Judge J. Calvin Hill

Judge J. Calvin Hill      Photo by Johnnie Grant

A stately, yet discerning man, Judge J. Calvin Hill rules the bench with a sovereign unbiased certainty.

By Johnnie Grant

Appointed to the bench in January of 2007, Judge J. Calvin Hill is the second African-American appointed to the 28th Judicial Court District for the state of North Carolina. Robert L. Harrell, the first African-American judge in the district, was appointed by former Gov. Jim Hunt in 1983 to complete the unexpired term of retired Judge James Israel.

graduate of North Carolina Central University’s School of Law, Hill
passed the bar in 1994. He began to practice law at the firm of C.C.
“Buddy” Malone in Durham, N.C. and was mentored by Malone himself. Hill
recalls beginning work at the law firm.

“The Malone Law
Firm was a training and mentoring ground in the early 1960s, 70s and
80s for approximately 90 lawyers, Buddy and I calculated over the
years, with the majority being African-American. We were a small firm
that did general practice law but was well respected for how well we
managed our cases,” Hill said.

Not sure of what
to expect, Hill didn’t realize he would begin work in the court room
soon after he graduated. “Being fresh out of law school, I was certain
I would just be following Malone around carrying his books and doing
research for his pending cases. The first time I stepped into the court
room as an attorney I was put on a first-degree murder case. Malone
allowed me to argue this case, examine witnesses and do closing
arguments…basically everything,” Hill said. “We were able to get very
good results from the disposition of that case. That was an awesome
opportunity for me being two weeks out of law school that Malone had
confidence in my ability. As a result, there was not a case that came
through the firm that I could not handle.”

It was a good
career move to get the early experience, according to Hill. “I soon
became aware there were lawyers who practiced for years that had never
argued a first-degree murder case. There were also lawyers who
practiced law that have never stepped into a court room. He gave me
those opportunities. I was honored to be able to practice law with
someone of the caliber, integrity and notoriety of C. C. Malone. He was
a remarkable man,” Hill said.

Still with the
successes at the Malone Law Firm, Hill’s preference was to be closer to
his family in Upstate South Carolina. A move west would put him in a
closer proximity. “My children, my son and daughter, were very busy
people during their high school years,” Hill said. “The drive from
Durham took eight hours one way and even with that, it was important
that I played an active roll in their lives.”

In the interim,
little did Hill know, there were ‘works in the making’ that would put
him closer to his family. There had not been an African American in the
Buncombe County public defender’s office since Harrell.

“Attorney Gene
Ellison spoke with Professor Thomas Mdodana Ringer about possible
candidates for the position. At that time, attorneys from this area
thought the assistant public defender position would better serve the
county if there was an African American in that position. Professor
Ringer called me to talk about the available position and ask if it was
amenable for me to move to Asheville,” Hill said. “Without hesitation,
I said yes; I came for interviews and was accepted. Also, during the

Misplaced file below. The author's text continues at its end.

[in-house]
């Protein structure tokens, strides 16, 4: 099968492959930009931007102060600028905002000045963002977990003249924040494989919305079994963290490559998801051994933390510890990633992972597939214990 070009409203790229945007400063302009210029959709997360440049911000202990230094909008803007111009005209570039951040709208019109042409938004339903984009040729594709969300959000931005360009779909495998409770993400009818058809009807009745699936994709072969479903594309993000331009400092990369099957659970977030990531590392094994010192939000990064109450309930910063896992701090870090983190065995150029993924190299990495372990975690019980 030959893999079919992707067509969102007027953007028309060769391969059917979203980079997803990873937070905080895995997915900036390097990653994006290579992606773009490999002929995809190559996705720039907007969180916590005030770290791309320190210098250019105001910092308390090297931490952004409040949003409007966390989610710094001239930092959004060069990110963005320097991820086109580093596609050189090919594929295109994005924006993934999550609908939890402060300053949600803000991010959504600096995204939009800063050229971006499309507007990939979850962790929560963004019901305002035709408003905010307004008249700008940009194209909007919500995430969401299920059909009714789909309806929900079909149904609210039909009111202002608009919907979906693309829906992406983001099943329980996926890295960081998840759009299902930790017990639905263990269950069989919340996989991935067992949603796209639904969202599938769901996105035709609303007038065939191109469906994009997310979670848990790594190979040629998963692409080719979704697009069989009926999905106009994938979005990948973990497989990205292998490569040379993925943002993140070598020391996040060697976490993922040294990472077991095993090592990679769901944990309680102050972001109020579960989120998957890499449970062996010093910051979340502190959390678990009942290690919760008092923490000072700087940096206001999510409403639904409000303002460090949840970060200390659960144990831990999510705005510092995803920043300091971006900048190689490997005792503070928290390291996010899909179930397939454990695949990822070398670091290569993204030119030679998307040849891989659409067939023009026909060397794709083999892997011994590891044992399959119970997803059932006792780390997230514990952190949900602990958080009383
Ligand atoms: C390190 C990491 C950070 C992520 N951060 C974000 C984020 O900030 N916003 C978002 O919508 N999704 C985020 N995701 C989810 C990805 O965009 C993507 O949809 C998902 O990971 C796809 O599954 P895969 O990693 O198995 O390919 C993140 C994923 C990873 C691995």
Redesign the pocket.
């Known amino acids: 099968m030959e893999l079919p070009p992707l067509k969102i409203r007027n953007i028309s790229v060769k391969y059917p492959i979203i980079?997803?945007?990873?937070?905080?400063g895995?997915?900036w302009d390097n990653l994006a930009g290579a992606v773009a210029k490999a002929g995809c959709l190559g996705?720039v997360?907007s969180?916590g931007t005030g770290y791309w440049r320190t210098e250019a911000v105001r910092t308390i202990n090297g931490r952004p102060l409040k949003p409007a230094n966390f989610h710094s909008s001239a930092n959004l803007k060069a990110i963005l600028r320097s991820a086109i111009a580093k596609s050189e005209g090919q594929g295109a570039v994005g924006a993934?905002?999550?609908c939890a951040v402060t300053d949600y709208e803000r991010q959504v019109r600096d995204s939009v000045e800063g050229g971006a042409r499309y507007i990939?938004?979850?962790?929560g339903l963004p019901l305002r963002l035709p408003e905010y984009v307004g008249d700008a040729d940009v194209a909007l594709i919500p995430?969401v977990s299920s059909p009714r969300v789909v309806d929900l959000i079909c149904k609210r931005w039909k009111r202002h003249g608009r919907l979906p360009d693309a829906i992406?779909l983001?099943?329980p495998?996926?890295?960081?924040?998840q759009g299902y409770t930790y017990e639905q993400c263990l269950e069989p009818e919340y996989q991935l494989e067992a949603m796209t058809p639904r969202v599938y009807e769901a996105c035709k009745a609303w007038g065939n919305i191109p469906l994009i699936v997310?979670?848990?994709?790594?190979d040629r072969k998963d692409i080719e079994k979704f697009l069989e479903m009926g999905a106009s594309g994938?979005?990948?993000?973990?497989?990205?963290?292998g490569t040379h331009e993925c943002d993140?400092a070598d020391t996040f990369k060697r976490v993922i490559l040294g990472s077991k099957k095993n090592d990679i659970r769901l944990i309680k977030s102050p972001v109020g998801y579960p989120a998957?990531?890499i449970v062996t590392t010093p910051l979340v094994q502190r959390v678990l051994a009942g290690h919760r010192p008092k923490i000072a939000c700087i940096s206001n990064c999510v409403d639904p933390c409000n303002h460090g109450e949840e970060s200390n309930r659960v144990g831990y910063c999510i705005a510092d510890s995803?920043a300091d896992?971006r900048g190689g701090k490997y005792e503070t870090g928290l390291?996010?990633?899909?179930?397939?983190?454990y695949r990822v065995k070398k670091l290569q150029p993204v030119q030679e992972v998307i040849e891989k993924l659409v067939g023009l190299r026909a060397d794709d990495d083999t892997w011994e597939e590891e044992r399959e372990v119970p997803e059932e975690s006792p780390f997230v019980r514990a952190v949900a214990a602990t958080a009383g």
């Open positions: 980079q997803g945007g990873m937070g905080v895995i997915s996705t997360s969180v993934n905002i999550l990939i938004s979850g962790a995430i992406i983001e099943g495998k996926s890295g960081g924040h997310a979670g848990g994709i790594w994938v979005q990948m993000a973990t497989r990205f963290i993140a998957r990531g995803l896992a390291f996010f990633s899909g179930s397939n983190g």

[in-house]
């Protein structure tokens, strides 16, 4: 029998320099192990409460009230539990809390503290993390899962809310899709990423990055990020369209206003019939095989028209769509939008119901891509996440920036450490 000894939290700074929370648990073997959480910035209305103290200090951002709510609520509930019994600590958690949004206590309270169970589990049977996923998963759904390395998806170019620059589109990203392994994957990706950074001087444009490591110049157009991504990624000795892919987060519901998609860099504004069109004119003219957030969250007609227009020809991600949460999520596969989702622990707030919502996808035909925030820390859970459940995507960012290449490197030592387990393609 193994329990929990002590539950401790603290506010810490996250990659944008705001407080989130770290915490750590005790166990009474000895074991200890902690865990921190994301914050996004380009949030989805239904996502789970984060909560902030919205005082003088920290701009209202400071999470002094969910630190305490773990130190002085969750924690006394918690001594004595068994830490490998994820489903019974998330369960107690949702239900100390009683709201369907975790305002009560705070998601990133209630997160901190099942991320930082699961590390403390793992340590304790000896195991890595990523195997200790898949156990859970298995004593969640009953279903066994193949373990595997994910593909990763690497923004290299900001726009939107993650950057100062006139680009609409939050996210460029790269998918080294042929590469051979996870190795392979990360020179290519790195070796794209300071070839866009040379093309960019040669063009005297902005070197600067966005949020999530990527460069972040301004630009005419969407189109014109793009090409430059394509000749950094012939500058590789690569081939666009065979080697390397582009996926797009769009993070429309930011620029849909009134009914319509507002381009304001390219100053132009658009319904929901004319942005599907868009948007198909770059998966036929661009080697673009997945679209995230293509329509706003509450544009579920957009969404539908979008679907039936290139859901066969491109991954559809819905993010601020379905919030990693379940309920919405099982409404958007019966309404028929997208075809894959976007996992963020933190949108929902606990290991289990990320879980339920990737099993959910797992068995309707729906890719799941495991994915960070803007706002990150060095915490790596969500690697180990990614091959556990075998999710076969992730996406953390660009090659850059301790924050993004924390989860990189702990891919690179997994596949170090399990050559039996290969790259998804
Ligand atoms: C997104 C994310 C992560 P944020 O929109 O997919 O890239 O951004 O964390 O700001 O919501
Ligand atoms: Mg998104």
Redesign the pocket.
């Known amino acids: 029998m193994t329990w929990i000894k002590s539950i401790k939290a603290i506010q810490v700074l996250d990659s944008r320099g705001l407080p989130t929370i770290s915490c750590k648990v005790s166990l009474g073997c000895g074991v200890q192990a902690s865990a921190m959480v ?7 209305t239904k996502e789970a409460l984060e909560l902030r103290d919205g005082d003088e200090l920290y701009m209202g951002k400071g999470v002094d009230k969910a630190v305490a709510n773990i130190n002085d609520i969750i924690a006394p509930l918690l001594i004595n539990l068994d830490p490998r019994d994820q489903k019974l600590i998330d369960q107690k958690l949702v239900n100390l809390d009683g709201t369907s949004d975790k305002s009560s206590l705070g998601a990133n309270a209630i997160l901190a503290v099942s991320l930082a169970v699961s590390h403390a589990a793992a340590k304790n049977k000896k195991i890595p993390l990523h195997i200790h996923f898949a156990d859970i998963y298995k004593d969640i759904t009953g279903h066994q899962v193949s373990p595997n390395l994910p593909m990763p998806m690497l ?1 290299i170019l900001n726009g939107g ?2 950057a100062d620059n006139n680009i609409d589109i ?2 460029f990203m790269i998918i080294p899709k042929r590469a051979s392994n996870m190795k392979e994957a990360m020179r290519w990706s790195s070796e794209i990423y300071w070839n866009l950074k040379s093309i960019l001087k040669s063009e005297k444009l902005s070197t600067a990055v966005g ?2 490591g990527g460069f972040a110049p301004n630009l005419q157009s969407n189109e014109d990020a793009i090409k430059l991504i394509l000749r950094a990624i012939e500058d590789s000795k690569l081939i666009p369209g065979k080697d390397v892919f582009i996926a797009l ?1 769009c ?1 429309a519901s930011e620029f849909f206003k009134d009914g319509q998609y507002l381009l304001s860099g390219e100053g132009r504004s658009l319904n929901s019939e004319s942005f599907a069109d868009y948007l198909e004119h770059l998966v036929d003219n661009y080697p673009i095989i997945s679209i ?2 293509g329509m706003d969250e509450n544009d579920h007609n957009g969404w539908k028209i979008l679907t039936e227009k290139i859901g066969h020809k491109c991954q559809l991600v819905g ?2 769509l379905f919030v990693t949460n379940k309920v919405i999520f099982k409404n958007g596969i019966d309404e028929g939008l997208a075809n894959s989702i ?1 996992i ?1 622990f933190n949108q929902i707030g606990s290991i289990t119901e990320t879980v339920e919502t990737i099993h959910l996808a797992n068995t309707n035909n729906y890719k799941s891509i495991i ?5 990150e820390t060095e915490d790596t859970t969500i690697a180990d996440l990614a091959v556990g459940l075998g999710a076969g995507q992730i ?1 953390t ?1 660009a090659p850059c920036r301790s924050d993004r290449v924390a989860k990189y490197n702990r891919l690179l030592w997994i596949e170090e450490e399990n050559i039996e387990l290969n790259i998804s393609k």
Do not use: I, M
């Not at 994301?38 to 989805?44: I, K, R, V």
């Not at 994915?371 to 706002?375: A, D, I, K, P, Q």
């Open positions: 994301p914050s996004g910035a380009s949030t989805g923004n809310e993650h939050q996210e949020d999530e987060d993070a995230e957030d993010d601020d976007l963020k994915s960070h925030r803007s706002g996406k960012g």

four days I spent in Asheville at that time, I fell in love with the
ambience of the city. I’ve been here since then.”

Even with the
passion Hill displays for his present position, practicing law was a
second career choice. Hill’s undergraduate degree from Benedict College
in Columbia, South Carolina, was in social work. It was a natural
transition from social work to civic attorney, according to Hill.

“Coming to the
public defender’s office was a natural transition for me in direct
relation to my being a social worker. Most of the clients I worked with
as an assistant public defender had very similar lifestyles and crisis
situations that I dealt with in social services. Throughout my career,
I have worked with underprivileged people with disadvantaged
circumstances,” Hill said.

“Serving as a
social worker and subsequently as an assistant public defender from
July of 1995 until my appointment to this Judgeship, helped me to hone
my skills. I am able to take those experiences to the bench and render
proper and just decisions. The discernment afforded me by these career
opportunities throughout my life up to this point are invaluable.”

As Hill glances at his watch while donning his robe, he gave encouraging advice for young people…

“Education is
irreplaceable – you’ve got to have it and as much of it as possible. It
is expensive, but not having an education is a lot more costly. Get
involved in a church community. Whether you are a religious person or a
spiritual person, just remember there is a power greater than you.
There is no replacement for motivation, self-discipline, hard work, and
confidence. Remember… if you enjoy success, it is not all because of
your hard work – there is that degree of karma whereby people are
willing to help you succeed.”

As of July 1,
2007, Judge J. Calvin Hill will be seated as the president of the Bar
Association for the 28th District of the state of North Carolina. In
the one hundred plus years the 28th District Bar Association has been
in existence, Hill is the first African American elected by his fellow
attorneys to hold this distinguished position.

Note: Attorney
C.C. Malone, now deceased, was one of the most legendary attorneys in
the state of North Carolina. Malone was one of the first trial lawyers
to participate in the Greensboro, N.C. civil rights “sit-in” cases and
thereafter traveled throughout the country trying other civil rights

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